Currently, it is a class C felony to own a short barreled rifle with certain exceptions for members of the armed forces and law enforcement. Washington is in the minority with this restriction, as more than 40 states allow residents to own these rifles.
Another bill discussed would exempt sport shooting ranges from certain liabilities, as long as gun-users are in compliance with noise control rules.
Senate Bill 6198 would prohibit property owners from taking a nuisance action, typically related to noise and safety, against shooting ranges.
Prime sponsor Sen. Pam Roach, R-Auburn, explained that the goal is to protect “diminishing” gun ranges from further restrictions.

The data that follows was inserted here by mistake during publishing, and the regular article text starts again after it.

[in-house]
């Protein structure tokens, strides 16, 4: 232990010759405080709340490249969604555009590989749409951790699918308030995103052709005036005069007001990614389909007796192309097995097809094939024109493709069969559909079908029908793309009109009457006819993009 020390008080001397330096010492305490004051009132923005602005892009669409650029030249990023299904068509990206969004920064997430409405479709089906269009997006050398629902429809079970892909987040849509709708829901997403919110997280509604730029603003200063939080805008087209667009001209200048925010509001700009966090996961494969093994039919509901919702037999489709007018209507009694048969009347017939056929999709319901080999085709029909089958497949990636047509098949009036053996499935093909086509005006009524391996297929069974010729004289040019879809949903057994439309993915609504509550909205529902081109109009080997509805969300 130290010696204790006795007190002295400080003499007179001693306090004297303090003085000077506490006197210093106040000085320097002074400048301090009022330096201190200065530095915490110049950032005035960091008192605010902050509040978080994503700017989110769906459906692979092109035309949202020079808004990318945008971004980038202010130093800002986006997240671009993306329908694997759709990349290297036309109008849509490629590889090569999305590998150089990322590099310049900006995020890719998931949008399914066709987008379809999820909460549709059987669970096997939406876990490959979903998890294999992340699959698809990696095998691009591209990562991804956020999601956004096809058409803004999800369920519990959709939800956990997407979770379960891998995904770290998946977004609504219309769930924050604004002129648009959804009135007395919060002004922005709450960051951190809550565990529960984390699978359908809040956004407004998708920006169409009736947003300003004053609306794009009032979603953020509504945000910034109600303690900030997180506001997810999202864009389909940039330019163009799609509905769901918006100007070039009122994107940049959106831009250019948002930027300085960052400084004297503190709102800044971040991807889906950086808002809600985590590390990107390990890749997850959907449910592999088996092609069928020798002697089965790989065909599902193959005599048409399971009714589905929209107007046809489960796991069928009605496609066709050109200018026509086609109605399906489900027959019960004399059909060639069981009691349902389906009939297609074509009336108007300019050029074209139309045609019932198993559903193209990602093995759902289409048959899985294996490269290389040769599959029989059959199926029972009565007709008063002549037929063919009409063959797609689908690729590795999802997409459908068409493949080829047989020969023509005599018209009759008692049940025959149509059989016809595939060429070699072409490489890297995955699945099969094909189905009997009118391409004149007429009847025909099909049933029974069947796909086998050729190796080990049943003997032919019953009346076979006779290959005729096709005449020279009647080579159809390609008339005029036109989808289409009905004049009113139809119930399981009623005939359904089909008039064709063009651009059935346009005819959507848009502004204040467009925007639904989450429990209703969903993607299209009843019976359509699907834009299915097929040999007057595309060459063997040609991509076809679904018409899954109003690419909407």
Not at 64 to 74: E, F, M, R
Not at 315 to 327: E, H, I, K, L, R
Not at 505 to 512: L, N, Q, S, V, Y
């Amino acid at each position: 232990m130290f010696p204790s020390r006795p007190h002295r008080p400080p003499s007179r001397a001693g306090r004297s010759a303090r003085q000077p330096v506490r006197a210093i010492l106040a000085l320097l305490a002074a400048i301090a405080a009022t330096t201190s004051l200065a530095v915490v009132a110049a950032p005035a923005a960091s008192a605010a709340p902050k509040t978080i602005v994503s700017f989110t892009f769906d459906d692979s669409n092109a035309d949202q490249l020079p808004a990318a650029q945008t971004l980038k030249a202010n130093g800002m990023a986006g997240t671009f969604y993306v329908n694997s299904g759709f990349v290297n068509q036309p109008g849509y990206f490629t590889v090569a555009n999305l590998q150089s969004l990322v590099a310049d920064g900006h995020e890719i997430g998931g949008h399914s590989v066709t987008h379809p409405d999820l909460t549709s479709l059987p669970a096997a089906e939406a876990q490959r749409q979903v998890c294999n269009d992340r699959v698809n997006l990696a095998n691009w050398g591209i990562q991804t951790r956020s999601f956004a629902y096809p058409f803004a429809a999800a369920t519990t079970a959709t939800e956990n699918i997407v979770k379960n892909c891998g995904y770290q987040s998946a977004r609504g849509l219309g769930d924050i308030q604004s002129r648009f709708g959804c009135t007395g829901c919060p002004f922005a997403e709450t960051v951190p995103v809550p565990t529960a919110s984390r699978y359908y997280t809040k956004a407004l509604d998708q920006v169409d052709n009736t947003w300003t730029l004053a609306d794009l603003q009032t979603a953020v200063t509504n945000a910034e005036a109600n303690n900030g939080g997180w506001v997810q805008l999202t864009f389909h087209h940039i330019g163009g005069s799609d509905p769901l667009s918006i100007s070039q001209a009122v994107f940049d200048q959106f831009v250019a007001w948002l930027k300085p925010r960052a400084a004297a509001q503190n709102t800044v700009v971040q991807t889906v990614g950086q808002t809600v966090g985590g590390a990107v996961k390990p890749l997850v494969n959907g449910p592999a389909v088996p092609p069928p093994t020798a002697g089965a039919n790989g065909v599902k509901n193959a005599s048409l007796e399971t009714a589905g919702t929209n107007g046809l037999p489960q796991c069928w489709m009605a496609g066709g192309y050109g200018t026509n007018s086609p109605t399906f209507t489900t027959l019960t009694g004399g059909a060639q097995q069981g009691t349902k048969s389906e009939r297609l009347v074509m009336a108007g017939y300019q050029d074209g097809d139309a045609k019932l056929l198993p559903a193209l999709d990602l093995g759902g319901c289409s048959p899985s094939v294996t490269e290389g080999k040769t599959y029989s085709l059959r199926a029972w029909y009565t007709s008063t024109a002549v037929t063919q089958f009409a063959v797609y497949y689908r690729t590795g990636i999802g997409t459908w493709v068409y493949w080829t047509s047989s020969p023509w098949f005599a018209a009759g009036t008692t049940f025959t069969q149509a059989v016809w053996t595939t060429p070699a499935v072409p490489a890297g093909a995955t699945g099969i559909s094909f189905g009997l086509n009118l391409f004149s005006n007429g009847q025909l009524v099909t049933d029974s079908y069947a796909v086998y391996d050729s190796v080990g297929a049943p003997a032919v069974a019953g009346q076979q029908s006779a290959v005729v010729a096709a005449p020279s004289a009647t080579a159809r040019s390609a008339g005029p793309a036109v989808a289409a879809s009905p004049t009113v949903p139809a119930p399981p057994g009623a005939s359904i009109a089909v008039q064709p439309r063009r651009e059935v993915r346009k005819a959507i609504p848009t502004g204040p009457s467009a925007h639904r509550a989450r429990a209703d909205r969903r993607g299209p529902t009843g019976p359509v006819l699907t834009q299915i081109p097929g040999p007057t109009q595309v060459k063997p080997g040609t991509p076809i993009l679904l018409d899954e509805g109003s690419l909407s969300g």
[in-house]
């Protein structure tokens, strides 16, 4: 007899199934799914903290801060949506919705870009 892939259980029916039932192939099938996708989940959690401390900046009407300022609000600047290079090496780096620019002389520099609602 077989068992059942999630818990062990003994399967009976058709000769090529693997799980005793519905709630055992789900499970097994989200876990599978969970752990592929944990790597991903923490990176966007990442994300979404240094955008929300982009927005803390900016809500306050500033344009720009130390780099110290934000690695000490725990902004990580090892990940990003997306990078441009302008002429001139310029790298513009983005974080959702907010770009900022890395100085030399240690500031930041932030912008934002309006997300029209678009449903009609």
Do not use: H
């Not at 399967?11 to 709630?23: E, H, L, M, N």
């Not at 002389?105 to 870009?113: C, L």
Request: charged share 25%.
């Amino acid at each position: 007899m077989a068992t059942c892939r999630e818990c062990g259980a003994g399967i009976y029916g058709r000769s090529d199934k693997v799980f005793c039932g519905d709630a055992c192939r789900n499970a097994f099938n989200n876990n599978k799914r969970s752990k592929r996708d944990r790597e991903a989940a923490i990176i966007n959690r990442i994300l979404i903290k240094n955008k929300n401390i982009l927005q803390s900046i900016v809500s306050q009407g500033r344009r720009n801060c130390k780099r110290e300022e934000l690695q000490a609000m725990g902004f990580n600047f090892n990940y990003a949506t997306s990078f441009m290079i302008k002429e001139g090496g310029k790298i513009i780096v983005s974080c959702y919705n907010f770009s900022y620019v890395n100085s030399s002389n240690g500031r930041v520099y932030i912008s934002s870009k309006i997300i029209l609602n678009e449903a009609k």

“You have to have a range where law enforcement can practice and we want them to be well-practiced,” said Roach.
Opponent to the bill, Neil Wachter, deputy prosecuting attorney in Kitsap, said that the bill creates special rights for shooting ranges that neglect property rights. He added that shooting ranges are mostly unregulated and have virtually no noise requirements that would keep the bill in check.
The committee did not take action on either of the bills.